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BANGKOK – Furcht erregende Geschichten über wandernden indonesischen Dunst, Smog in Nordindien nach Diwali und die Rückkehr der „Airpokalypse“ in China haben die jüngsten Sorgen über die Luftverschmutzung in Asien zum Thema. Partikelverschmutzung im Freien ist nicht auf Asien beschränkt und verursacht weltweit jährlich über 3,1 Millionen Todesopfer, fünfmal so viele wie Malaria und fast doppelt so viele wie AIDS.

Schmutzteilchen in der Luft, insbesondere Feinstaub (kleiner als 2,5 Mikrometer oder etwa so groß wie der Durchmesser einer Spinnwebe), dringen tief in die Lunge ein, gehen von dort aus in den Blutkreislauf über und verursachen kardiopulmonale Krankheiten, Krebs und vielleicht auch Frühgeburten. Aber wie bedeutsam sind diese Gesundheitsrisiken?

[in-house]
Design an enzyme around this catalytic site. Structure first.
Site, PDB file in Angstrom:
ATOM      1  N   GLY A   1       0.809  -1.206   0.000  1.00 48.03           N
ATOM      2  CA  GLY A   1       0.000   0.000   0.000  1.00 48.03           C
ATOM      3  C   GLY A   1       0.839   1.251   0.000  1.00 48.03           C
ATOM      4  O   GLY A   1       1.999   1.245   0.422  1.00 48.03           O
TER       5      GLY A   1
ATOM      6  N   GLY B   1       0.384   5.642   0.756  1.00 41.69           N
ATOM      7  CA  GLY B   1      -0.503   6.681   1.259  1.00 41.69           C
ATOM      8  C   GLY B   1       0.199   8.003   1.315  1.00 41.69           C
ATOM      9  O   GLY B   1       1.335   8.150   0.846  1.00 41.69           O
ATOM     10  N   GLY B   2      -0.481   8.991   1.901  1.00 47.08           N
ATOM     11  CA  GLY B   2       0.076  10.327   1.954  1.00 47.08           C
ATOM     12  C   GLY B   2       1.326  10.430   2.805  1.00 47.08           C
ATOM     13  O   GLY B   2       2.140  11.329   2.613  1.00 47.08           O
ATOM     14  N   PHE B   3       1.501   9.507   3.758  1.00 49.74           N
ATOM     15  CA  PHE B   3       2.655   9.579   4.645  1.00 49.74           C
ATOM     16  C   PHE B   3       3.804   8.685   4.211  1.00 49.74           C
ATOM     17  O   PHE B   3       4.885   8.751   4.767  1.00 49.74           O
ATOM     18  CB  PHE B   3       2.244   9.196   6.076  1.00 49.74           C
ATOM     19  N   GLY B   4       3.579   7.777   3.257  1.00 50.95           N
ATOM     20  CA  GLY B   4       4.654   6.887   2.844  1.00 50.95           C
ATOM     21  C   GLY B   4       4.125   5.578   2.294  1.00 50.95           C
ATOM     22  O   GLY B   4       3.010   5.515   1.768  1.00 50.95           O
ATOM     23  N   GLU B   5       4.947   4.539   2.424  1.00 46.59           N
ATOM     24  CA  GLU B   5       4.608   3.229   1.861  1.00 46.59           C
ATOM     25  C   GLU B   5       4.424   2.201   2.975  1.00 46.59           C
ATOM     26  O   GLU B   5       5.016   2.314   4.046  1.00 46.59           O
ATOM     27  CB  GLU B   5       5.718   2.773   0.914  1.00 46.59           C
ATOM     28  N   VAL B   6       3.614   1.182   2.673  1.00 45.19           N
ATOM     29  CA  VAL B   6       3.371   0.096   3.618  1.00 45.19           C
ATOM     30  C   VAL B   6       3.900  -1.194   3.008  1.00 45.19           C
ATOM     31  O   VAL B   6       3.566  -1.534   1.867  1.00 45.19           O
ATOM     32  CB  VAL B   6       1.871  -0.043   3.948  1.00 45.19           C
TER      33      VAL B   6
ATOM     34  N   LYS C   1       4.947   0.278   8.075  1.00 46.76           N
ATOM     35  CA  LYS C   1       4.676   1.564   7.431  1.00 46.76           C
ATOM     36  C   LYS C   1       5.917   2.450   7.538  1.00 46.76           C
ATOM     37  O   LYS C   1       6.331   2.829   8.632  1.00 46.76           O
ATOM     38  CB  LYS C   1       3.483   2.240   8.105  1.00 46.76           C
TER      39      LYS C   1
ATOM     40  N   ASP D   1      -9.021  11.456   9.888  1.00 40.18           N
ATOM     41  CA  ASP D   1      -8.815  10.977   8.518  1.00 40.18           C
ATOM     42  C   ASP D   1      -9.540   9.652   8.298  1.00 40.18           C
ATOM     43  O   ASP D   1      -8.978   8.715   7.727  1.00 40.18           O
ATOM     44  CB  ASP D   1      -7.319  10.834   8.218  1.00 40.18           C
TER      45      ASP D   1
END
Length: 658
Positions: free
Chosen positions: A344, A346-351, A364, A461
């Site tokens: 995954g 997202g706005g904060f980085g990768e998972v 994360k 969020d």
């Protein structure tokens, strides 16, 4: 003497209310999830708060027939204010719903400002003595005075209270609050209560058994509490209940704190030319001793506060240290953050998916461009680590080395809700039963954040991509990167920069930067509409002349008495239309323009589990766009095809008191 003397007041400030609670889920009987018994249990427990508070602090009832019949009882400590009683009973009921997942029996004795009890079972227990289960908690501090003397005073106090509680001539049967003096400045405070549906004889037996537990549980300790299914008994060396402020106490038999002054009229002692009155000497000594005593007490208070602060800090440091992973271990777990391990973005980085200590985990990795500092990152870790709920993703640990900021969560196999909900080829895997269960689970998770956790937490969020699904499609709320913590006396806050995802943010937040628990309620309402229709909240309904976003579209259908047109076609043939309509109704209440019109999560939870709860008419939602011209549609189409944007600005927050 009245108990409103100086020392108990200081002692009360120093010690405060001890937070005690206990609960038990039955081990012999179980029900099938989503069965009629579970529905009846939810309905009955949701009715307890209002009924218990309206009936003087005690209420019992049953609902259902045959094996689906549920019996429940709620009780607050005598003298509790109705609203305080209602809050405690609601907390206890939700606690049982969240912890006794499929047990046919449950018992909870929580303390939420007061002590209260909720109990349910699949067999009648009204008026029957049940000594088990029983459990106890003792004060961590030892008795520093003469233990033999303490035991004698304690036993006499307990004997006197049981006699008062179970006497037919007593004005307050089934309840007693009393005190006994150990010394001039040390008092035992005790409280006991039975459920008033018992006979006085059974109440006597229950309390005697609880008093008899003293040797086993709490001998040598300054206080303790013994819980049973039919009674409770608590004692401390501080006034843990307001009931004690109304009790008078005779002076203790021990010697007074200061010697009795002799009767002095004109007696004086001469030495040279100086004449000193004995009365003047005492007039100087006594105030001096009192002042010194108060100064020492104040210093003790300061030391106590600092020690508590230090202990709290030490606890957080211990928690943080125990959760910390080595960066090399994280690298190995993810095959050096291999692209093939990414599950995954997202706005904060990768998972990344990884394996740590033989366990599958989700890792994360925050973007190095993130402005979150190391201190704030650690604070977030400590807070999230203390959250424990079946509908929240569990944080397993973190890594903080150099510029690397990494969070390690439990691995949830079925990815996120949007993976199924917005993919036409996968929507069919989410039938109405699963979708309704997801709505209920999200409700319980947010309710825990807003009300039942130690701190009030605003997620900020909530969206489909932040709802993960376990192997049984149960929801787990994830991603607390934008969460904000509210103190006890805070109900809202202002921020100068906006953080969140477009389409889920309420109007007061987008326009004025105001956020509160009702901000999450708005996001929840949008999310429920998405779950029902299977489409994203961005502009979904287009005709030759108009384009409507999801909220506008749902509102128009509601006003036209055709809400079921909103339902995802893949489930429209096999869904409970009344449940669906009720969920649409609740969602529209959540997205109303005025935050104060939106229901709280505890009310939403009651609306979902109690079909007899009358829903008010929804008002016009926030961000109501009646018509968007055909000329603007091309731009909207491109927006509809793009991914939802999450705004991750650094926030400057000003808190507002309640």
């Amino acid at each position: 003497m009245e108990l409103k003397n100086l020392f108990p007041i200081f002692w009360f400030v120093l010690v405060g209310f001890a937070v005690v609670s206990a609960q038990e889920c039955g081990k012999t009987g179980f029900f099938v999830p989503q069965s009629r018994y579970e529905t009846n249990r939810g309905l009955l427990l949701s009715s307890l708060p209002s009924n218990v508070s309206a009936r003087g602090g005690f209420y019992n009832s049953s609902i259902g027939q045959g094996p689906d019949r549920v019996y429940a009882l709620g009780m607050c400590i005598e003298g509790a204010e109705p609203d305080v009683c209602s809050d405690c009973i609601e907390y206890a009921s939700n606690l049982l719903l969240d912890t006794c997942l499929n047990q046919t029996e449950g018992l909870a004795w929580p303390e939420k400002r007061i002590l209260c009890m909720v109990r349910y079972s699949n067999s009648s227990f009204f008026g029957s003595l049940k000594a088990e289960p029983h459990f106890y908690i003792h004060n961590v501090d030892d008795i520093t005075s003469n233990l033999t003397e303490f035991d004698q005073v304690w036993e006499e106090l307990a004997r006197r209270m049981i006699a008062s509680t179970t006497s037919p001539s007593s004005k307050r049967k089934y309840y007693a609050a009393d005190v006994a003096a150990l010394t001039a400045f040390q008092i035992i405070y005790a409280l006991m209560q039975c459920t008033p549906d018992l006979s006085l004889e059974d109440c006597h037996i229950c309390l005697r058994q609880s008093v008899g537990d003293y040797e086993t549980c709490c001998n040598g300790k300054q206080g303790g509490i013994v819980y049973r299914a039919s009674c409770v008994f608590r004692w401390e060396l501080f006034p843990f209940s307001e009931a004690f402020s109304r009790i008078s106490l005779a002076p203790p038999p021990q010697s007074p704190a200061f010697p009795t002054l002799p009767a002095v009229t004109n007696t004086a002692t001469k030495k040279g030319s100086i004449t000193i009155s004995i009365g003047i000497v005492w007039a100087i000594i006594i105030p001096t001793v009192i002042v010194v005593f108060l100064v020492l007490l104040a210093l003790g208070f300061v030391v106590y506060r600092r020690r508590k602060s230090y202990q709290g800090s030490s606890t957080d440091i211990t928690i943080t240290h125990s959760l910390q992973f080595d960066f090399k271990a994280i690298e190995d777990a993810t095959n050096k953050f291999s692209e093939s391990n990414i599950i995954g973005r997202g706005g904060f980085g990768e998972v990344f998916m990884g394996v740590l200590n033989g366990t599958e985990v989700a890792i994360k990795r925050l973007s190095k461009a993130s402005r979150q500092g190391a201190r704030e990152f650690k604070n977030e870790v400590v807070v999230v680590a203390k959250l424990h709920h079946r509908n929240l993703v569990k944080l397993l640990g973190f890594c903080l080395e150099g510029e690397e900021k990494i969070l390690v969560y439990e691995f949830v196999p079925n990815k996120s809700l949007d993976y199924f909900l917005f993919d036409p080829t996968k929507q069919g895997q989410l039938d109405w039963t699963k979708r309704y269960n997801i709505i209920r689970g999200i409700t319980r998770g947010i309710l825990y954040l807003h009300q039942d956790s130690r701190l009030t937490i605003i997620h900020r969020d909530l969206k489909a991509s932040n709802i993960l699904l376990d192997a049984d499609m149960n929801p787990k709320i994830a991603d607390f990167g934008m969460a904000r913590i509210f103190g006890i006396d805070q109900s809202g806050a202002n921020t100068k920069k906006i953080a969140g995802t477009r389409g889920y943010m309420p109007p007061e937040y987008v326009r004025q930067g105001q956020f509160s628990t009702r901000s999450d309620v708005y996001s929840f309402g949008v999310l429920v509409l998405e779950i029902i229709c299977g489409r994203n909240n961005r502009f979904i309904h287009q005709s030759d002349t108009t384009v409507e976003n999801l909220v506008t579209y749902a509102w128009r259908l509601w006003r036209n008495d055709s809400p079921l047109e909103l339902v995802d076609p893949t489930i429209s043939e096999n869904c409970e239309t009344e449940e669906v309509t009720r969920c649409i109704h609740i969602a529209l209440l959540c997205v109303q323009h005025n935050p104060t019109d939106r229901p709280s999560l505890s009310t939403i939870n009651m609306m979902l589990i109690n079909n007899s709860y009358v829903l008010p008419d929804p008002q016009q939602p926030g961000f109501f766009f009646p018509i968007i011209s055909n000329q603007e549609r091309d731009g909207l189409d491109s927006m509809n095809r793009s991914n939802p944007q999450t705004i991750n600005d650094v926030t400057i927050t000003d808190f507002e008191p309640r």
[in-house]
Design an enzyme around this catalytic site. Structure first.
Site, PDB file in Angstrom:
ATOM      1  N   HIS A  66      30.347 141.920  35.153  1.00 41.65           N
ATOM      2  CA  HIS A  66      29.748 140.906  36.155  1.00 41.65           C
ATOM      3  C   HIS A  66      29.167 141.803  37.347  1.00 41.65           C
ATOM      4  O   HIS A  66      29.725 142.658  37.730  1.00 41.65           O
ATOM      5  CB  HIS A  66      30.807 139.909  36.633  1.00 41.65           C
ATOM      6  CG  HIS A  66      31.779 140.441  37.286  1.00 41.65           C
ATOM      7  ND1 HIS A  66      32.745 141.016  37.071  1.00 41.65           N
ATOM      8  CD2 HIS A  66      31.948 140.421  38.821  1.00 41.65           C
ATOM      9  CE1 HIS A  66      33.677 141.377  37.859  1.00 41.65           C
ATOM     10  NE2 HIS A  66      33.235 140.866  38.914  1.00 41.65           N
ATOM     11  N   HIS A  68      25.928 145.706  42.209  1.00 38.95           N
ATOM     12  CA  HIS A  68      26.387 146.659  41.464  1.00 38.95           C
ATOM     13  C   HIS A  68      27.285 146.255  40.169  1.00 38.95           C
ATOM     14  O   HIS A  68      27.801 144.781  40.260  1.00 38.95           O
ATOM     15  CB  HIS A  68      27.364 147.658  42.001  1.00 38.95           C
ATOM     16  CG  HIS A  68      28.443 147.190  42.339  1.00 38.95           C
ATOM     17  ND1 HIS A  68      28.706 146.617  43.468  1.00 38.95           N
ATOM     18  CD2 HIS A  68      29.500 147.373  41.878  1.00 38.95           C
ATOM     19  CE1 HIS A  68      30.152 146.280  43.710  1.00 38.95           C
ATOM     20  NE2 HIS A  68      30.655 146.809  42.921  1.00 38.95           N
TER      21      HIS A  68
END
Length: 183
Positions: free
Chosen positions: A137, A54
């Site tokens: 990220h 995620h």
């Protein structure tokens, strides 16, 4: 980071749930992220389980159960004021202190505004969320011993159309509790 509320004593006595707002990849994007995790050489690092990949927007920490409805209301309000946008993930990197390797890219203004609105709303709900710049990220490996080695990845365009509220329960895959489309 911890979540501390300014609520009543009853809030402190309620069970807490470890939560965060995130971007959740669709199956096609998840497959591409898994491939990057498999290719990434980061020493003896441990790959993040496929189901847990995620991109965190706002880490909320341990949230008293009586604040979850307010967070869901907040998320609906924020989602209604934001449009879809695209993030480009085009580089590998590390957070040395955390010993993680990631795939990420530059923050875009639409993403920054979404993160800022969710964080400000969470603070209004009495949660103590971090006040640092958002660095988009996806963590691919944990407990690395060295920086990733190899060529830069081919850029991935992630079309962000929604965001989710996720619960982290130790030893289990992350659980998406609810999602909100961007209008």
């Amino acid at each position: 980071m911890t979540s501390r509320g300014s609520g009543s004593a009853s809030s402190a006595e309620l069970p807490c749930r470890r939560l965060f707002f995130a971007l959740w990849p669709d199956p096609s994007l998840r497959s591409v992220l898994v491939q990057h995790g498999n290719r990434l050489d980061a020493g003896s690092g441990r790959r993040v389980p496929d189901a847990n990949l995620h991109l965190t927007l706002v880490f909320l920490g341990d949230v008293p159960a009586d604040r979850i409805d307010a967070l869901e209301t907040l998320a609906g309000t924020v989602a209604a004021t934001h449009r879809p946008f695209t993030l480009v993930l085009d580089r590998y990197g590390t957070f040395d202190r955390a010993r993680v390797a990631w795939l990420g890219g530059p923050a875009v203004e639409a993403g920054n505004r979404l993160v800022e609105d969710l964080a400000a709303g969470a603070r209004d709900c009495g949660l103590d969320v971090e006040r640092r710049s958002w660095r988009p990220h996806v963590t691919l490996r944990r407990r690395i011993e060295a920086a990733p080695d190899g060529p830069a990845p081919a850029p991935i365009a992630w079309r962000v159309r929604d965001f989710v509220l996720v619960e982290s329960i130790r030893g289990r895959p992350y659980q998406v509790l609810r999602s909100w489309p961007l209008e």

Leider ist die Diskussion über dieses Thema oft sehr unklar. Schlechte Luftqualität wird oft als das Erreichen eines bestimmten „AQI-Grads“ (Air Quality Index, Luftqualitätsindex) definiert oder mit einem Wert oberhalb eines gewissen Standards der Weltgesundheitsorganisation beschrieben. Aber die Öffentlichkeit kann die Lage besser verstehen, wenn sie in Begriffe gefasst werden, die sich leicht mit vertrauteren Gefahren vergleichen lassen.

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